Dissecting Frogs, Saving Rainforests, and Preserving the Planet with Environmental Journalist and Mongabay CEO Rhett Butler ’96

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This is the fourth article in Bears Doing Big Things, a weekly column celebrating the stories of notable M-A alumni. Read last week’s article here.

As the son of a corporate attorney and a travel agent, Rhett Butler was the recipient of more frequent flier miles than the average kid. When he was twelve, he visited Ecuador and stayed in an Indigenous community. Butler remembered, “I would go out with the kids my age and look for frogs and catch fish. A few months later, I read a story in the San Francisco Chronicle about an oil spill in the area. All I could think about was what had happened to all my friends and the animals in the forest.” A few years later, Butler visited a beautiful rainforest in Borneo and came home to read that it had been destroyed by loggers. These experiences planted the seeds for his future passion for environmental journalism. But let’s not get ahead of ourselves. 

Butler progressed through Laurel, Encinal, Hillview, and M-A. He enjoyed school, especially his history and biology classes. He remembered, “In AP Biology, we dissected frogs, then earthworms, then cats, and then worked with cadavers (!!) because our teacher had some sort of arrangement with a Stanford lab.” During his senior year, Butler wrote a book about Tropical Freshwater Fish. He explained, “I just got really into freshwater fish, especially where they came from in nature. So, that was the angle I took. I wrote it because I was trying to learn more and there wasn’t very much good information out there. I compiled everything I found, in case anyone else was curious. It had nothing to do with school. I did it on the side, just for fun.” 

At this time, Butler did not consider himself an environmentalist, journalist, or anything of the sort. As he started making decisions about his future, he had a different career path in mind: finance. He said, “I thought I was gonna go into banking or management consulting, you know, something along the lines of big money.”

Butler graduated from M-A in 1996 and attended UC San Diego. He majored in management science, a combination of economics and math. He got a summer job at Deloitte, a consulting company, to prepare for his finance career. On the side, he started writing a second book, this time about tropical rainforests, which he explained was “based on interviews with experts and many hours in the library.” Thanks to his AP credits, he was able to graduate a year early and ended up spending most of that extra year working on the book.

Butler decided to build a website to share the contents of his two books online, again, just for fun. He said, “I didn’t really have any technical background. Back then, the internet was a lot simpler. I’d just go to websites and view the source code and start experimenting. I designed my own site in straight HTML. I named it Mongabay, derived from the name of an amazing island off Madagascar, and posted both my books. Mongabay started off as a Freshwater Fish and Rainforest Site.”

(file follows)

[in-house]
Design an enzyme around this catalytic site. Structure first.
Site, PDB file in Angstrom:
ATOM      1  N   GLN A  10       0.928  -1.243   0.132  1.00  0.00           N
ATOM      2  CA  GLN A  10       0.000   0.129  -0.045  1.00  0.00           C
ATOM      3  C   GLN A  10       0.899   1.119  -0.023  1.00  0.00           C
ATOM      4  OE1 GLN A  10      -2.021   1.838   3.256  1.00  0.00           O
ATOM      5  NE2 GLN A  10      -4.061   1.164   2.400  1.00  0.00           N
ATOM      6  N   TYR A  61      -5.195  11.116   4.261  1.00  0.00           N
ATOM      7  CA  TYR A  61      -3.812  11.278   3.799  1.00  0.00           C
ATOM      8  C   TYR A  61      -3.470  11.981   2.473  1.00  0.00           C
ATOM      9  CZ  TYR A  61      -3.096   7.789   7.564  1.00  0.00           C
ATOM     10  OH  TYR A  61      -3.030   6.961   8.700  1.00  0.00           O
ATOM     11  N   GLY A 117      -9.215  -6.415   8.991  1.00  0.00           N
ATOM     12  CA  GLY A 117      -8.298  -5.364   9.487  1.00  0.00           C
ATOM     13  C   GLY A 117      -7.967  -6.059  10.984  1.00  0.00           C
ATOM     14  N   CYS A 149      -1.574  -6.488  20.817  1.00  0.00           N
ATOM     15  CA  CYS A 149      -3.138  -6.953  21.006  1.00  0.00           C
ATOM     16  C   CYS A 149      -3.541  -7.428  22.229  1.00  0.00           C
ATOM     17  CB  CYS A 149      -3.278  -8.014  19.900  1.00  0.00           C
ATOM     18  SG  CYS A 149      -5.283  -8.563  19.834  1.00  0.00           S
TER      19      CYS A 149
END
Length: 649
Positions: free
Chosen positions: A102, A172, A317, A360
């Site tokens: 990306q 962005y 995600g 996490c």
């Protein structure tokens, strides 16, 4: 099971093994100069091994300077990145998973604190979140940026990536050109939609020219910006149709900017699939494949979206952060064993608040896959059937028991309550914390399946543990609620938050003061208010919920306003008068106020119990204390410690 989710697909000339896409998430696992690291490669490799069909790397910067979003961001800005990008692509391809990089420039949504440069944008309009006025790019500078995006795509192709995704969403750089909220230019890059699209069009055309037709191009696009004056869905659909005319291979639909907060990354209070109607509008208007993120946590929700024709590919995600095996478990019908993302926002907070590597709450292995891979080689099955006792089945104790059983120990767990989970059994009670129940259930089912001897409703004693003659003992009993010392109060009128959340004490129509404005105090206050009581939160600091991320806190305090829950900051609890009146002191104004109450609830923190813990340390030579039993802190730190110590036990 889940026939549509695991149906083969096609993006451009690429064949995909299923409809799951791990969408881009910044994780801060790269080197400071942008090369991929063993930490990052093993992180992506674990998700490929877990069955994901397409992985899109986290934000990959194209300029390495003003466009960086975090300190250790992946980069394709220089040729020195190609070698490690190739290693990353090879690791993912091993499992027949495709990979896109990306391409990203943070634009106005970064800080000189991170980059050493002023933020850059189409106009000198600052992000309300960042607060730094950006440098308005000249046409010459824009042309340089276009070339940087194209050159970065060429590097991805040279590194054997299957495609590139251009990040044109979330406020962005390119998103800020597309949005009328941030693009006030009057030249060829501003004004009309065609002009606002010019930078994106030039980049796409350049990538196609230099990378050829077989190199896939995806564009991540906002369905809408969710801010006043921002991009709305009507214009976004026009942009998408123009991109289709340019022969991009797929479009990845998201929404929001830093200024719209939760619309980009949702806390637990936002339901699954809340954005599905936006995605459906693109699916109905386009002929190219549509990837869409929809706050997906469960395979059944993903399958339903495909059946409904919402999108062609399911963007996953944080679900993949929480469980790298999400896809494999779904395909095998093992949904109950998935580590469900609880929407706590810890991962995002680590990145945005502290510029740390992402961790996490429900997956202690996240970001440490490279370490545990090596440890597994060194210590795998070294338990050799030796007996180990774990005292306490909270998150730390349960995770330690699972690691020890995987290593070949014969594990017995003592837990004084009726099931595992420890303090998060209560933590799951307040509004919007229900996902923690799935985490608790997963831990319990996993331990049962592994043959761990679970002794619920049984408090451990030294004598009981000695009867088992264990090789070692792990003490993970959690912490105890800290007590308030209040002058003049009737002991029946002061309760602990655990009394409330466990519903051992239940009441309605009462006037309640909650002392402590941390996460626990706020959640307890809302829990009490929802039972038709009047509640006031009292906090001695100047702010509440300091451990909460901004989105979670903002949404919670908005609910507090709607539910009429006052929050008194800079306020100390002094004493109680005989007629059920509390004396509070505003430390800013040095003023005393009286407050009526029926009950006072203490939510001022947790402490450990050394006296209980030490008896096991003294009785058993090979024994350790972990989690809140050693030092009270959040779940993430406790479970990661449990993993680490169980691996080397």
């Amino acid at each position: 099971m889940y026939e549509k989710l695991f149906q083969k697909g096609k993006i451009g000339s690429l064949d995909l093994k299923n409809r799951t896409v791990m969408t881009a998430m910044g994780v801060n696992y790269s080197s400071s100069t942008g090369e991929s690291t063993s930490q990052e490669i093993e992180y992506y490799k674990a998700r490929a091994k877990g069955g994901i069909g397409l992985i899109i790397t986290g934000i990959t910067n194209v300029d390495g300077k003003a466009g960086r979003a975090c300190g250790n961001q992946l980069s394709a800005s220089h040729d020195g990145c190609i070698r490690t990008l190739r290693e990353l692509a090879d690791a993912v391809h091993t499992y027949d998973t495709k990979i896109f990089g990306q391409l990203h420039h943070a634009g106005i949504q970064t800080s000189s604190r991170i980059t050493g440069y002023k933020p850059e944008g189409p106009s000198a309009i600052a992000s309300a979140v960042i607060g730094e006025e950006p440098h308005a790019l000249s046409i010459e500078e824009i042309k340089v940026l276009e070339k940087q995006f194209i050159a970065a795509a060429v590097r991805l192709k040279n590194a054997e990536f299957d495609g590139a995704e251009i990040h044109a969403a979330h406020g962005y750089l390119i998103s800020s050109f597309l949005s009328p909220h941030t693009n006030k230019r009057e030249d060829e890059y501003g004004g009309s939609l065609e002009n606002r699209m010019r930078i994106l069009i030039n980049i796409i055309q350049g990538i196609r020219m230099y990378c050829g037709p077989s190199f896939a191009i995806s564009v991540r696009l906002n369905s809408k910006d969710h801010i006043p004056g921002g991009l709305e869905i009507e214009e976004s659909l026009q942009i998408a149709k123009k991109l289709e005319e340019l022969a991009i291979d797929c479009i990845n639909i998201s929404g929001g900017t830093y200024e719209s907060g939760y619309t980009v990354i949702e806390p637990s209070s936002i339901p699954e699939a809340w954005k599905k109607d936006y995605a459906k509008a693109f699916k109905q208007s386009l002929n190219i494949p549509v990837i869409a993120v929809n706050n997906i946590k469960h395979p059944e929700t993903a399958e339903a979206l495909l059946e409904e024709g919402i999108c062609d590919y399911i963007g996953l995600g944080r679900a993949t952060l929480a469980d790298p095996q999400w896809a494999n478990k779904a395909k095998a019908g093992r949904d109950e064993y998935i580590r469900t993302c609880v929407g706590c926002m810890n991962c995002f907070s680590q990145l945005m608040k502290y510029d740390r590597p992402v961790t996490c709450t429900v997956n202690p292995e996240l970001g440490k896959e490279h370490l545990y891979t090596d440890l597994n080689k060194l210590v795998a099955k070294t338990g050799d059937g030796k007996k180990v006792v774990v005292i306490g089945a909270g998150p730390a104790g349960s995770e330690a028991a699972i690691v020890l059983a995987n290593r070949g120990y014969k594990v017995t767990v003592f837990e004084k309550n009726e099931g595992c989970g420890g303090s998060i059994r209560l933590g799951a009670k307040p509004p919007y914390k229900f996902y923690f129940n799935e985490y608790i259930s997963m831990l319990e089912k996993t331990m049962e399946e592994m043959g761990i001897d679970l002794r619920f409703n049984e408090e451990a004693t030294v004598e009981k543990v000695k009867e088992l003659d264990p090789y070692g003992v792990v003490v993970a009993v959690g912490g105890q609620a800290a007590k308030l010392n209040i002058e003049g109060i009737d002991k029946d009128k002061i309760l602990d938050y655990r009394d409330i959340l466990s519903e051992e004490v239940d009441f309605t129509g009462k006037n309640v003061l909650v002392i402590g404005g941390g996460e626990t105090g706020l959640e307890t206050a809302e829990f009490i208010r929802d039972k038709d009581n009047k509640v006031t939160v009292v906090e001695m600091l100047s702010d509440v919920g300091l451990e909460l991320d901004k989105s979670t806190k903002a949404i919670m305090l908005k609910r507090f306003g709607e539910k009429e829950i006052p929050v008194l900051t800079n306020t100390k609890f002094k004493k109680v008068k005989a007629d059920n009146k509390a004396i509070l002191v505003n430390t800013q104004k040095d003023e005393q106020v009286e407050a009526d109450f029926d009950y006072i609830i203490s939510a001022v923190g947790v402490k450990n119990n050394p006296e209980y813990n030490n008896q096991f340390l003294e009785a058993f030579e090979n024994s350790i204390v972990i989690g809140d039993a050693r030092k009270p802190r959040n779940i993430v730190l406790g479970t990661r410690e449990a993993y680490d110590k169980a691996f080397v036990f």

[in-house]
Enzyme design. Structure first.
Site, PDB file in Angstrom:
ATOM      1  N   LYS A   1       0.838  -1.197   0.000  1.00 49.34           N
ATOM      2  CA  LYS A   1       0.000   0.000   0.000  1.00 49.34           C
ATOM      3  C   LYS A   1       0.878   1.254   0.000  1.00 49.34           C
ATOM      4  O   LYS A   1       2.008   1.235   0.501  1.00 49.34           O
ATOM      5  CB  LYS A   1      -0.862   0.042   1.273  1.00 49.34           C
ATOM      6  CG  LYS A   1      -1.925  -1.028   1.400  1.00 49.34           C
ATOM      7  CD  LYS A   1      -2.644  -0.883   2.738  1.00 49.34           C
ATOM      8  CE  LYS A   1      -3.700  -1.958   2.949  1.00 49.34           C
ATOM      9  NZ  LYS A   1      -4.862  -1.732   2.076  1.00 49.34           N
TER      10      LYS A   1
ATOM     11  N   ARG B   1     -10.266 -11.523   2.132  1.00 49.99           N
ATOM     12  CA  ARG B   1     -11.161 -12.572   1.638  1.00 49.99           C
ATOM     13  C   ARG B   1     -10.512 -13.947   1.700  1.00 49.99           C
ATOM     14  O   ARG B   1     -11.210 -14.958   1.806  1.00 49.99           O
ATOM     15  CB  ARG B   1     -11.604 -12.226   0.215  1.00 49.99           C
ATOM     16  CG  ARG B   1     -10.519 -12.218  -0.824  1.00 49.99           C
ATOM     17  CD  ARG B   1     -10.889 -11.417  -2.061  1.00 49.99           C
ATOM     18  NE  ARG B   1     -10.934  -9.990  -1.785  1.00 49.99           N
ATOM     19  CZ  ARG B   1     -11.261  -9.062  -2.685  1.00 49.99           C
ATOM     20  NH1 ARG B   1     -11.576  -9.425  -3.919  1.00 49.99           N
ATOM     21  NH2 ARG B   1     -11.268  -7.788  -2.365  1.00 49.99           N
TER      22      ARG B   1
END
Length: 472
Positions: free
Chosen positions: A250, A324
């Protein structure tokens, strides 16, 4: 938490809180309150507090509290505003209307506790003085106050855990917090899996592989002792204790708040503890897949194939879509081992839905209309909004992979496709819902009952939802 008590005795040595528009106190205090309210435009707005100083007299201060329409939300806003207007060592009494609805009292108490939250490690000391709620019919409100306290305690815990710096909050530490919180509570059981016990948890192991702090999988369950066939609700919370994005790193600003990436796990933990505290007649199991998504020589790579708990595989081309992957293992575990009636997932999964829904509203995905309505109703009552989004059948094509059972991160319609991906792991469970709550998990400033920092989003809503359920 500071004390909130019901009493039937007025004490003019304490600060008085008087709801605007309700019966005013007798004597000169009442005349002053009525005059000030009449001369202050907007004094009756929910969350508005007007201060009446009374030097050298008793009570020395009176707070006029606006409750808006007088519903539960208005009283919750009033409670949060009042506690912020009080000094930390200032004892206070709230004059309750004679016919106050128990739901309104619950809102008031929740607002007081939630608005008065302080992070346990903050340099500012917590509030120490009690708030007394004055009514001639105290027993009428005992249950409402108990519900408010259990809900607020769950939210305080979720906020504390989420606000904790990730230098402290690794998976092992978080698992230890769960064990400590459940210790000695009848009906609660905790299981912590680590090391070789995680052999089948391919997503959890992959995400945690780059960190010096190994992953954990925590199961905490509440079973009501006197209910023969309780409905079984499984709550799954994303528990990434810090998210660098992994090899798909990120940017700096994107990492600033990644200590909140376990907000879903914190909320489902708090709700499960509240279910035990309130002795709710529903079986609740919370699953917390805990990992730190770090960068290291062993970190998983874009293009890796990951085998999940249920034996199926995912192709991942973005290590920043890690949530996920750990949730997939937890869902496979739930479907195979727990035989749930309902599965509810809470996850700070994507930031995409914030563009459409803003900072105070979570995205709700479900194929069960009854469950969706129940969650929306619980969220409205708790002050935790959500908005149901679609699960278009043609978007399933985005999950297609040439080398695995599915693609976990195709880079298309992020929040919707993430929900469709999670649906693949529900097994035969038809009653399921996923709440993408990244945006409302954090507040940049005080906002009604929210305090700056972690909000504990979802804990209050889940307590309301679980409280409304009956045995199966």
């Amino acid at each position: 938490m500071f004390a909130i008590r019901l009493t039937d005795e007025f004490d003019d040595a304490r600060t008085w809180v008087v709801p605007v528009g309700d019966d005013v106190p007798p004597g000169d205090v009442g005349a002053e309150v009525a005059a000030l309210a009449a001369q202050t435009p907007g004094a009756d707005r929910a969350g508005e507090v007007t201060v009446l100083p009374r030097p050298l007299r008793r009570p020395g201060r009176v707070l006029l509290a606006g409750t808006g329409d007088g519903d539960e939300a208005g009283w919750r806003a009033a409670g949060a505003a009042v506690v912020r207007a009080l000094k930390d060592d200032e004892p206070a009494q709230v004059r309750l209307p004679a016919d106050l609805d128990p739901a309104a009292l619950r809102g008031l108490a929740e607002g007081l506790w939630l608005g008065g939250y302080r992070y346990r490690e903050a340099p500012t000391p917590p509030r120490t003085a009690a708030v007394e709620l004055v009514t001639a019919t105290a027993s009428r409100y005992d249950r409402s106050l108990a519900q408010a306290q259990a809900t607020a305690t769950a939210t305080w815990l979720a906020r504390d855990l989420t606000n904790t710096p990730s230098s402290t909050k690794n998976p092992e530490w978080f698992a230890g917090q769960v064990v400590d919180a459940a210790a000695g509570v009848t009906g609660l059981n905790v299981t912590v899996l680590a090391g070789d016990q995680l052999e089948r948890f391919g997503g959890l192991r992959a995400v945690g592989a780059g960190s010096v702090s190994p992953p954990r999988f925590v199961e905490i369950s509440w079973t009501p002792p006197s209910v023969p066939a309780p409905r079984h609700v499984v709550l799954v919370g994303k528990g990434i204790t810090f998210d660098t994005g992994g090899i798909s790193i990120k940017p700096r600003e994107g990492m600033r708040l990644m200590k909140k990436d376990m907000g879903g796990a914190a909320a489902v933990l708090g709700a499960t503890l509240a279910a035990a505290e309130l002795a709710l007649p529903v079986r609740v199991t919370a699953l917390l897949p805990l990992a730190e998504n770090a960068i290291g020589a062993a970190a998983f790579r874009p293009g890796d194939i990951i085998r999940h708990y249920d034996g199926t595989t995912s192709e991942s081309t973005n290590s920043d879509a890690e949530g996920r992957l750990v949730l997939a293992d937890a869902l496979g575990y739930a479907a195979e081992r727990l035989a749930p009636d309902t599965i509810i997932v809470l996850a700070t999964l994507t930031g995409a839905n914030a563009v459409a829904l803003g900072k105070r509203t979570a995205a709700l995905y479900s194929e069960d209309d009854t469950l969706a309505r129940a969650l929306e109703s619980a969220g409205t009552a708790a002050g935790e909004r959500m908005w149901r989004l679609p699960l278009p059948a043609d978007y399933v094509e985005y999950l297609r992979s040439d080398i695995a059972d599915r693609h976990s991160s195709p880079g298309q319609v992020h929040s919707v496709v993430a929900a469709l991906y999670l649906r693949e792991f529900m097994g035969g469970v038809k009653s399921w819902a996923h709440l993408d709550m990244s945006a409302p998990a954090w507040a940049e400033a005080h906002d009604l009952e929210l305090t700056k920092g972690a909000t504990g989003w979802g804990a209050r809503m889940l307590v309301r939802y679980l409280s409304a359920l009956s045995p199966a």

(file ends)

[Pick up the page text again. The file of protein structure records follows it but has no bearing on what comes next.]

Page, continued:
Butler wasn’t planning to run this website for a living, so he had to get a “real job.” So, he got a 50-60 hour/week job at a Silicon Valley company. On nights and weekends, he worked on the website. At first, Mongabay was just Butler sitting in his apartment in his pajamas writing articles about exotic rainforest animals. He wrote so many articles that people began to assume it was a large organization. The site grew in popularity and began circulating within environmental news reporting groups. After Butler put up ads and started making about half his pay at the company job, he decided to quit and work on the website full time. 

Since then, Mongabay has significantly expanded. The organization now employs 80 full-time staff and 900 correspondents from around the world. The site and its platforms draw about 10 million visitors per month, and is regularly used as an information source in mainstream media, including National Geographic, Bloomberg, and The Economist. Butler recently received a Heinz Award, which is one of the most prestigious awards in the field. He lives in Menlo Park with his wife and two young children: a four-year-old and a new baby who just turned one. 

Butler’s advice to current M-A students: “Communication skills are really important. When I was at M-A, I did a ton of writing. I assumed that that was normal for high school, but in hindsight I realize it was a lot more than average. I think that prepared me really well for college, and for life. The ability to communicate effectively through writing is a critical skill for any career, even if you’re doing engineering or computer science or whatever. I encourage people to really think about that.”

On his favorite books, Butler said, “I tend to like books by David Quammen, who writes about nature in a very compelling way. I also like Wade Davis, an ethnobotanist who looks at the intersection of indigenous peoples, medicinal plants, and culture. And I read The Economist regularly.”


Disclaimer: Bears Doing Big Things is not meant to be a list ranking the most accomplished or famous M-A graduates on Earth. It is a collection of people with a wide range of expertise, opinions, and stages of life who were kindly willing to share their stories. All have wisdom, entertaining anecdotes, and book recommendations to share. There are 45,000+ additional accomplished M-A alums out there, so keep an eye out for them!

Caroline Pecore is a senior in her first year of journalism. Her column, "Bears Doing Big Things," runs every Monday. She enjoys meeting new people through journalism and writing about the M-A community. Outside of school, she spends most of her time rowing for Norcal Crew and also enjoys reading, drawing, and exploring the outdoors.

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